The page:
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Q & A with Michael Marder

Q & A with Michael Marder

marder_illustration_webMichael Marder is a physics professor a co-director of UTeach

How long have you been interested in science education?

In a way, since I was young. I grew up in Champaign-Urbana, and at the time, the University of Illinois was trying a number of radical education experiments, and I was part of them. In eighth and ninth grade, for instance, I was in something called Form 1. The idea was that teachers stand between children and their learning, and so, if you take that to its logical conclusion, you get rid of the teachers. So they did. We had no classes for two years.

Later, at Cornell, I was given a room and board scholarship by the Telluride Foundation. We all majored in many different things, but when you live at Telluride House, everyone gathers together constantly to talk about the role that their education will play in contributing to society. You can’t escape from that place without thinking about it.

What’s your area of expertise in physics?

I specialize in how things break. I smash them, smush them, grind them into powder, and stretch them until they snap. In particular, I study how very brittle things break, and what happens to all the atoms as they move and break apart.

Does your research in physics relate to your work with UTeach?

A lot of the things you think about, when dealing with how solids break, are actually fairly resonant if you think about something like the public education system or other social systems. You’re dealing with large, complicated, interacting networks that aren’t linear. You can’t learn about them by just pulling on them a little bit. They’re not predictable in that way. In both cases, you’re asking: What’s dangerous for the system? What makes it come together and what makes it fall apart?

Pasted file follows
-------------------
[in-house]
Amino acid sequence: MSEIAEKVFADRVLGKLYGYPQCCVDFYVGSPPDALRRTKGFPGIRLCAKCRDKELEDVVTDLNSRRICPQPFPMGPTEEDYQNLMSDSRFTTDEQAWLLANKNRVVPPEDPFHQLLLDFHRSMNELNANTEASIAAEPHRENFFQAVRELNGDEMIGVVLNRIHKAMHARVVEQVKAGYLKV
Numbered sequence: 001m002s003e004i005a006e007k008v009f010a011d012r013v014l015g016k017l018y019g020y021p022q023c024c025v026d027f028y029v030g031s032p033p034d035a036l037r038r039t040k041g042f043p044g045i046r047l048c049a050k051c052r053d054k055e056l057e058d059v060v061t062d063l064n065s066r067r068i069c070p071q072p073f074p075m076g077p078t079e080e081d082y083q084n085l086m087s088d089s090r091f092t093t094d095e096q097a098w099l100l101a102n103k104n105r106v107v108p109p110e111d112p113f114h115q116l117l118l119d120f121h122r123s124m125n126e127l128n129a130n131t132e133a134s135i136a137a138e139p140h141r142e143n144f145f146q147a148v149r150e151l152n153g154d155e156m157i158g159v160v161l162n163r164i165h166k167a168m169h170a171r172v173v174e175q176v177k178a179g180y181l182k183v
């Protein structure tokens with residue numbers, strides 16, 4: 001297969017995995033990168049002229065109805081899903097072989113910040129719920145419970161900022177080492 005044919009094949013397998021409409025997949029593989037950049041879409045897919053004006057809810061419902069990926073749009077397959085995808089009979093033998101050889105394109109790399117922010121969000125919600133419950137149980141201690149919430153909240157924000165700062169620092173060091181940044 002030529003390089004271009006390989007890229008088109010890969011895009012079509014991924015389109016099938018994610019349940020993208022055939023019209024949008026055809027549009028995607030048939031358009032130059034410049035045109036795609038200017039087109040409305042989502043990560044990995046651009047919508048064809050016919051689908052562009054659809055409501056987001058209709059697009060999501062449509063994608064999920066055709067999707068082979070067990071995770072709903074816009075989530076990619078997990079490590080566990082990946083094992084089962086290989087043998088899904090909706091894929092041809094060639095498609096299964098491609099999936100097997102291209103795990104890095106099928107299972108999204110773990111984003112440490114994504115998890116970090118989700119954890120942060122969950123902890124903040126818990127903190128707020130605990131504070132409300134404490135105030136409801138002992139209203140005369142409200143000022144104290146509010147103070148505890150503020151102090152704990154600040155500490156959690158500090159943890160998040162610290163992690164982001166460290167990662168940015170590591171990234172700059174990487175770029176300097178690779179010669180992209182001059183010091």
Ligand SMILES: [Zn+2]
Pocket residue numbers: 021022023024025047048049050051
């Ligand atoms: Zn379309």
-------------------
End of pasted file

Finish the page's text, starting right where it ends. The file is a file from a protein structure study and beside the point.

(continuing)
What’s dangerous to these very big, complex systems is often the weakest point. It’s really hard to identify where that point is. You may look and never see it until you put something under stress. And when it goes, it goes really fast. It slices through, ripping it into pieces. An instant before, everything seemed okay. An instant later, everything has changed, and your system has fallen apart.

Have you had any great eureka moments as a scientist, when everything suddenly becomes clear?

I’ve had a few, but the things that have been most useful haven’t been eureka moments. It’s been the slow, careful development of tools over many, many years that can ultimately find application. I would say UTeach has been very much like this too. Slowly, slowly over the course of many years we’ve worked on developing courses, and refining them, and we’ve watched the students grow in number and grow in the enthusiasm of their response, to the point where we’re now considered a national model in preparing science and math teachers.

Have you found your work with UTeach rewarding?

I have. The improvement of the educational system may be the most important thing for the future health of the country. It’s not that every last science and math professor should be putting their effort toward this, but some need to be, and I was fortunate enough to be given the chance to do that.

Are you worried about the future of science and math education in America?

Yes. We have made progress at The University of Texas at Austin, but right now we’re just beginning the process of having an effect. We’re just a drop in the bucket of what’s needed. Time is short, and we really, as a nation, have to get started.

Illustration by: Felix Sockwell

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Wednesday, 28 October 2020

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